Students Share Opinions on FSSA’s Sex Education

by Sasha Rabinowitz and Bettirose Epstein

Teen pregnancy and STD transmission are issues that young people will always have to face. It is important that teenagers in high school are properly educated on these subjects in order to safely navigate and handle sexual situations, as well as the potential consequences that may follow.

A poll taken by Frank Sinatra School of the Arts (FSSA) students shows that the current sex education curriculum is not providing adequate information for its students to be confident in handling these emergencies. Students also feel that queer sex and relationships are not being represented in the lesson material.

Interviewees explain that the curriculum prioritized diet and mental health over any sort of sex education.

From a sample size of 50 FSSA students, 98 percent felt that FSSA does not provide adequate and inclusive sex education; 80 percent felt somewhat or not at all prepared to handle pregnancy or STDs; and only 62 percent of students felt that they have sources outside of school (ex. doctors, or family members) that can provide them with sex ed resources.

Without proper education in their younger years, teens will enter adulthood ignorant to the decisions and steps necessary for safe sex. Uneducated teenagers will be left without a full understanding of consent as well as the possible symptoms of an STD, or knowledge on how to handle unwanted pregnancies. 

Senior art major Emily Millán provides their perspective on the sex education at FSSA after taking health the previous school year. 

“In junior year, you are supposed to get your sex ed, but I did not get any. It was all about diet and eating well,” Emily said. 

Students were asked how prepared they felt about handling sexually transmitted disease.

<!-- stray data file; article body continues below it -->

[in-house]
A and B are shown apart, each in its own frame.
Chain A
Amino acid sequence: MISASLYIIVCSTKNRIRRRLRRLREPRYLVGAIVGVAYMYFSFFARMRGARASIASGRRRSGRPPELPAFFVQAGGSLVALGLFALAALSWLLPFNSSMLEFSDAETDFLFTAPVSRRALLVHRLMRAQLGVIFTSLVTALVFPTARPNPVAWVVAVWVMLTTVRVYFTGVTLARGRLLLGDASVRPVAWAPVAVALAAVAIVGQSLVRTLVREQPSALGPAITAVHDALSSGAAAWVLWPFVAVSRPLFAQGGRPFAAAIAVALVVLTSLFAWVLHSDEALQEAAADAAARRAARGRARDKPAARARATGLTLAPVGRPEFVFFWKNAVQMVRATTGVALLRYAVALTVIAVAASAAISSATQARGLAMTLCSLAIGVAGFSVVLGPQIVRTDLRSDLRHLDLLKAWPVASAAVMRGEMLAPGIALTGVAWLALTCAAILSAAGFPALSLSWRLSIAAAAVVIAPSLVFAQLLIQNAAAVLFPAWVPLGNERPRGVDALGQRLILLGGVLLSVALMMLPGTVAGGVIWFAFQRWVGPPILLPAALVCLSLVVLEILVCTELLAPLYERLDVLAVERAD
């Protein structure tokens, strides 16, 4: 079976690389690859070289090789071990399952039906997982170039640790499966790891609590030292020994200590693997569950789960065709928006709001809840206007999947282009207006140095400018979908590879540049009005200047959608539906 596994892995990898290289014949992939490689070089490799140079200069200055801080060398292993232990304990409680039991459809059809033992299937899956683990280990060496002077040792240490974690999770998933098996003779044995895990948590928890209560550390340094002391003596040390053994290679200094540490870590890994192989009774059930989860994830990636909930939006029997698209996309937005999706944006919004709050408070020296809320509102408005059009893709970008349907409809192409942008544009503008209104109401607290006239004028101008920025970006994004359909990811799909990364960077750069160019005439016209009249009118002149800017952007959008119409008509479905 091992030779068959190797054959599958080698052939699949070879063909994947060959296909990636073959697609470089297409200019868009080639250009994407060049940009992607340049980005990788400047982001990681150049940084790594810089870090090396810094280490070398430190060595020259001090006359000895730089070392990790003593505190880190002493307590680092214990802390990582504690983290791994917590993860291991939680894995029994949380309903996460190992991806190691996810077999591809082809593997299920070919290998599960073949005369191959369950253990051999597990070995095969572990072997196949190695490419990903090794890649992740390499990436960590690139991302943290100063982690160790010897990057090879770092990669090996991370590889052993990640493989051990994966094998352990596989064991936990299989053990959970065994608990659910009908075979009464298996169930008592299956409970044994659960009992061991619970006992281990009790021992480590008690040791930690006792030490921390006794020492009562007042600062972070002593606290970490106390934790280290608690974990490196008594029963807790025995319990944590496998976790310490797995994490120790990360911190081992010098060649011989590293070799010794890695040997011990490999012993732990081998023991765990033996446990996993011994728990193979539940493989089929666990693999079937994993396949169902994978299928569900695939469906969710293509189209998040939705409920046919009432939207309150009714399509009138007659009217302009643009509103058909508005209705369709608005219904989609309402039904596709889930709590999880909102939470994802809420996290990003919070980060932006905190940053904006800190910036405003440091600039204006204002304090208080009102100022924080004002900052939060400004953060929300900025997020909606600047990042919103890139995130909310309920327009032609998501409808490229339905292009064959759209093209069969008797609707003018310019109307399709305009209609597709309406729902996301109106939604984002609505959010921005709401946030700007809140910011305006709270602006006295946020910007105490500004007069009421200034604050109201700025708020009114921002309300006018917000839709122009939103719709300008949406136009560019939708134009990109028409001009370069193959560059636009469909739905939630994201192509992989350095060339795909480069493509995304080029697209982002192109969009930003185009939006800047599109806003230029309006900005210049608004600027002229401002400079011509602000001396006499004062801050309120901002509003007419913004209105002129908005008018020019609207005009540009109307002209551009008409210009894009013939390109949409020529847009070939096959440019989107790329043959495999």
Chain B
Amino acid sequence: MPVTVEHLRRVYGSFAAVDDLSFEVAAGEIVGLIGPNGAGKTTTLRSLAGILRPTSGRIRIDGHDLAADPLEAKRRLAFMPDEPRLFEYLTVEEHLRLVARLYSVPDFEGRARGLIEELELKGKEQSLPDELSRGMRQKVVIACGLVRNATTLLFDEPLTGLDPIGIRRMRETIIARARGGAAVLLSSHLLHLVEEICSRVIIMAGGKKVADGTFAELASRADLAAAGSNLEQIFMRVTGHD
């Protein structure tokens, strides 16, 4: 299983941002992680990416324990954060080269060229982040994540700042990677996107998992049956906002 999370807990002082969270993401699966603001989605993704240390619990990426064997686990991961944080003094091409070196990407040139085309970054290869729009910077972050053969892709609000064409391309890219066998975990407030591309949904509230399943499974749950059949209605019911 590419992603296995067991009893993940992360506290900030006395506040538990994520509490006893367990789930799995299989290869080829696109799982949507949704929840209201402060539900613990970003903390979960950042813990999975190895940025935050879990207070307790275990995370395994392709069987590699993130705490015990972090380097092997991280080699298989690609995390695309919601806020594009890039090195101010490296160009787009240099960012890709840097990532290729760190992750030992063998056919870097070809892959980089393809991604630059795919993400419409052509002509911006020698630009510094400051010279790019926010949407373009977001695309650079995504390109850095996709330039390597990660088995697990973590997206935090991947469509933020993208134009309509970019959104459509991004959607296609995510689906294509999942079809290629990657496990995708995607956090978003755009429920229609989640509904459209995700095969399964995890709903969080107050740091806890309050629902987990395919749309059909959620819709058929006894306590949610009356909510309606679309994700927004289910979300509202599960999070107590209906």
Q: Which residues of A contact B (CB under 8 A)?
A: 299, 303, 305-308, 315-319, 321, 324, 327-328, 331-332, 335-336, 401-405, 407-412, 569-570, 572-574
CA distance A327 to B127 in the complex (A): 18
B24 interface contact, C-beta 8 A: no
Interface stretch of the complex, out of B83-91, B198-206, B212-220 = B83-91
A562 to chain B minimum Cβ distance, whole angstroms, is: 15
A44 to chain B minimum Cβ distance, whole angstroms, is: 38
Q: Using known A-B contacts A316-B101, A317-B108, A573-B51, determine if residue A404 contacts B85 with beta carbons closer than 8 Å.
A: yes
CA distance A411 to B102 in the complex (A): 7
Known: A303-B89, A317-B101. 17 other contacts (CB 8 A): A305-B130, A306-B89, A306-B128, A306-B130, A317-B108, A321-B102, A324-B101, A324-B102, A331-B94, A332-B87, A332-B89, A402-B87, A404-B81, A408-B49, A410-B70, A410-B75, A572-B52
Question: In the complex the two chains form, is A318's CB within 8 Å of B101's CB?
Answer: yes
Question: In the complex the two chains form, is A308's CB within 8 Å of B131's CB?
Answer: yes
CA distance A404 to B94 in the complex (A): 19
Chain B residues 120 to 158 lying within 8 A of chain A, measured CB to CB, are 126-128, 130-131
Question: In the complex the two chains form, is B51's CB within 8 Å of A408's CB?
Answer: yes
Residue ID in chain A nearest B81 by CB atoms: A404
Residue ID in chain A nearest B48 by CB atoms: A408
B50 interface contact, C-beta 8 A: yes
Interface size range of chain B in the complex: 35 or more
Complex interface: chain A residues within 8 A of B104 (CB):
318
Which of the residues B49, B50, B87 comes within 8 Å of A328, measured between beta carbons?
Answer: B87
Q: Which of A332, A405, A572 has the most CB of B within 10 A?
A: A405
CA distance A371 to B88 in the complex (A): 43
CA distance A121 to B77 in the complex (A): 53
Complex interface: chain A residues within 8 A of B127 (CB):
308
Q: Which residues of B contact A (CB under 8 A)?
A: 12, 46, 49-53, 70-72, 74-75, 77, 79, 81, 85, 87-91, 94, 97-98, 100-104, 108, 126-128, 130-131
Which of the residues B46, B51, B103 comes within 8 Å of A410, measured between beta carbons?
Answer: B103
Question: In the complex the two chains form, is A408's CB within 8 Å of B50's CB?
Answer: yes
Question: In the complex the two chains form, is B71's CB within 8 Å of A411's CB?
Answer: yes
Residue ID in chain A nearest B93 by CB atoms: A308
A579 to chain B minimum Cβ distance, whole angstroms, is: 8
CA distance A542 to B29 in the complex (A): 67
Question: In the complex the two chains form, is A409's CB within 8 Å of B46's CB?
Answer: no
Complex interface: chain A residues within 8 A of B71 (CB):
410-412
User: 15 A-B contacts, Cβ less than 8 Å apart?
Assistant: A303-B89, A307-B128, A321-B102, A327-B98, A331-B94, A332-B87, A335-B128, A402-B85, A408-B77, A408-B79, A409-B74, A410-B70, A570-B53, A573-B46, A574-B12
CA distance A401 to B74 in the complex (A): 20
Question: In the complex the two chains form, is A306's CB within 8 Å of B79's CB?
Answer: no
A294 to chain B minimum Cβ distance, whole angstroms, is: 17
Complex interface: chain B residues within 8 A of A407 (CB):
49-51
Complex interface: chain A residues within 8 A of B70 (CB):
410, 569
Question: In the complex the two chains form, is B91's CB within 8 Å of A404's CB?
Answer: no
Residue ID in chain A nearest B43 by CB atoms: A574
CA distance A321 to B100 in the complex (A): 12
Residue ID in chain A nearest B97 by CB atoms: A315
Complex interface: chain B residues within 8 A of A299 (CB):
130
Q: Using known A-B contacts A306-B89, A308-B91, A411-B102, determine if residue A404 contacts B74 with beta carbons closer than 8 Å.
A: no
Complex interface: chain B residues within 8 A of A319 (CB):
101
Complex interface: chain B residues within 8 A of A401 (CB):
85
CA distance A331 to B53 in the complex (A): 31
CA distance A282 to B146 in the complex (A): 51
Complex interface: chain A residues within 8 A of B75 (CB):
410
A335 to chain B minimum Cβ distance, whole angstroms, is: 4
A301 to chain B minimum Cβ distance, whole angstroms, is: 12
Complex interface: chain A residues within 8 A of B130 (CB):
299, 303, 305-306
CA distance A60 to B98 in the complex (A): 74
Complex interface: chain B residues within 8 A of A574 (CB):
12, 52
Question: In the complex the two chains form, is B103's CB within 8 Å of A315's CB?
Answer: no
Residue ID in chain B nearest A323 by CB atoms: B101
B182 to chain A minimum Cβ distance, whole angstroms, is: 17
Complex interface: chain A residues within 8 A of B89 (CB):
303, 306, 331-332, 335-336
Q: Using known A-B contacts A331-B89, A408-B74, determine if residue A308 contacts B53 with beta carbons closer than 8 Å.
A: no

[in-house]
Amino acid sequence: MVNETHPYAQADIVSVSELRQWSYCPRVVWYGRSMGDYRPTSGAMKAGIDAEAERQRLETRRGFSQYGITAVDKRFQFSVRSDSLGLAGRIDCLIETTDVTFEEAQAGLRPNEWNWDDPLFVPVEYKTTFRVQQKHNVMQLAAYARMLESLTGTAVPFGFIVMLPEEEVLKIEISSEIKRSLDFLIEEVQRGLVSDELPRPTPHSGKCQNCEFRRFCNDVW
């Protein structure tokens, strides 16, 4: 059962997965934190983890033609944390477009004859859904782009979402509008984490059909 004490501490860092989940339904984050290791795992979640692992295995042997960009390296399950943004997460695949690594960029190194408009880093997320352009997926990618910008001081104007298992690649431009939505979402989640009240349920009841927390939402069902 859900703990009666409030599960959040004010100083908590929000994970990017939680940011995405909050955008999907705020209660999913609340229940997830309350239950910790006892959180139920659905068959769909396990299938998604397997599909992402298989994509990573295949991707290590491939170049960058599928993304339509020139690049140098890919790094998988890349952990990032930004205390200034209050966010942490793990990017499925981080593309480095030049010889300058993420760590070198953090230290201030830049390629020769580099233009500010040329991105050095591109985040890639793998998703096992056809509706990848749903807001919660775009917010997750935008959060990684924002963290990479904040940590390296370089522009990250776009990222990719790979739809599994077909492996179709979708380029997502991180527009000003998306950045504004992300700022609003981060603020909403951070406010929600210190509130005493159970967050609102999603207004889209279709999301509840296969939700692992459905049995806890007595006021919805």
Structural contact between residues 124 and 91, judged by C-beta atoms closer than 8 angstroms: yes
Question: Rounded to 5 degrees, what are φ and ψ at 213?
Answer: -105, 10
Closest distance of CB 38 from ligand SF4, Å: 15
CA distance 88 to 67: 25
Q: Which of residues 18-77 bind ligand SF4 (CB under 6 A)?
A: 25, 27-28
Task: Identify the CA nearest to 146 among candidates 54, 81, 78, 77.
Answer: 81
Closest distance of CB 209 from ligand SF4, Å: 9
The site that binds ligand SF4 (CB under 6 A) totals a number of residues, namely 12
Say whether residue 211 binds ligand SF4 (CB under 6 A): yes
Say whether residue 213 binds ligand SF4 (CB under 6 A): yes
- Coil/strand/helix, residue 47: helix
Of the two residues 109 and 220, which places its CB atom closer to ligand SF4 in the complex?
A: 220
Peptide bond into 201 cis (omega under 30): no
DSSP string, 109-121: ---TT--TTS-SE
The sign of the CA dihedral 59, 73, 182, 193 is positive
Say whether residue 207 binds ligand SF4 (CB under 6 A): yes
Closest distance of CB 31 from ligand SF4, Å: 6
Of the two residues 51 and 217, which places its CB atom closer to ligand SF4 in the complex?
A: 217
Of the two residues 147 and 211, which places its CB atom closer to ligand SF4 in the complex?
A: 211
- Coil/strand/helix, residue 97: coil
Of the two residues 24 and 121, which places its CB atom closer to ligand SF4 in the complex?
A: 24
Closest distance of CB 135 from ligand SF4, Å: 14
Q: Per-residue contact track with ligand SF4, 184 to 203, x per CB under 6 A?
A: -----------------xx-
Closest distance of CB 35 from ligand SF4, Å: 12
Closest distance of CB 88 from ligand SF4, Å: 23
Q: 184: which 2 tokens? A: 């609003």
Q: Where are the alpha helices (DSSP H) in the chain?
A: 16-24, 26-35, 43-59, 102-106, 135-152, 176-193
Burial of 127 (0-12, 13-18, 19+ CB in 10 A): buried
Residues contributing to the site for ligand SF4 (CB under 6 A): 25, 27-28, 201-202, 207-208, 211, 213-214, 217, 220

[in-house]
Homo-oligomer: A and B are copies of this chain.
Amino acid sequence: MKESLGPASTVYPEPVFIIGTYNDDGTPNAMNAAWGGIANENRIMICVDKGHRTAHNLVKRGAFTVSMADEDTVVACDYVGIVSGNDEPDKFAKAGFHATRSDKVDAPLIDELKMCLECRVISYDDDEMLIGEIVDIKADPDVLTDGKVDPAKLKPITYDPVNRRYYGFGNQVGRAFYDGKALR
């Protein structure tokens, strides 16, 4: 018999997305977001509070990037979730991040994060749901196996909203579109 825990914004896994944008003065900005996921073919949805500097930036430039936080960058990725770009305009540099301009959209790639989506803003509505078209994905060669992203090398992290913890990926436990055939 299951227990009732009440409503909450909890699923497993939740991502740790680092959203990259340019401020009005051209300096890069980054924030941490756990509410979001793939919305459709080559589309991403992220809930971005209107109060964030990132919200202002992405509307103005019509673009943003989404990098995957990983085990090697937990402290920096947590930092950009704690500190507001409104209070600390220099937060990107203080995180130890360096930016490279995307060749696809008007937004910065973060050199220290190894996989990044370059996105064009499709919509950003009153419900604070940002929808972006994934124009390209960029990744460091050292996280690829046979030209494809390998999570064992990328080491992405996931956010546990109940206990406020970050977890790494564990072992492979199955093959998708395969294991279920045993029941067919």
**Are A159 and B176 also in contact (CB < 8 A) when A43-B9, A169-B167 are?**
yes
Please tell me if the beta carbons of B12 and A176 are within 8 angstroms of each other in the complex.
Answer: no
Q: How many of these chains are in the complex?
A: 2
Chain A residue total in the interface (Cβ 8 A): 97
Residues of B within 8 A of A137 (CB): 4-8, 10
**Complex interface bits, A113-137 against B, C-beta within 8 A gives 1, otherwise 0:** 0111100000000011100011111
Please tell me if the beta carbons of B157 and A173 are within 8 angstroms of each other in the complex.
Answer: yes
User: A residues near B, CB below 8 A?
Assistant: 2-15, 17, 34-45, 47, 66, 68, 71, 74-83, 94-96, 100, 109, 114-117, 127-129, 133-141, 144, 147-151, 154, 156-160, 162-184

“I feel pretty well prepared, but not because of the school’s education. I feel prepared based on my own research. Also, because I am a lesbian, they don’t really teach how to prevent sexually transmitted diseases between women,” they said.

Their problem with the class was the focus on nutrition and the lack of queer sex education. They hope that future sex education at FSSA will prioritize body positivity and inclusivity, ensuring that queer sex and relationships are covered as well. Refraining from making any topics seem “dirty” or “inappropriate” may be another step toward building a better sex education curriculum.

Additionally, senior drama major, Daniel Sabados concurs that there was no unit covering sex during health class in junior year. 

“I felt that a lot of other students were uneducated. I believe that the most important unit in health class is the sex education. It must be provided for maturing teens who are trying to find themselves,” he said.

Daniel feels confident in his ability to handle pregnancy and STDs, but only due to extensive research done on his own time. He also feels that he does have sources outside of school, although they may not be completely reliable.

“I have people that I could talk to, although it would be a very awkward and uncomfortable conversation. So, I think that if the school discussed different ways to go about having that conversation with parents, it would be really helpful,” he added. 

In order to improve the curriculum in health class, he wishes there was more education regarding the prevention of teenage pregnancy and what to do in the event of a pregnancy.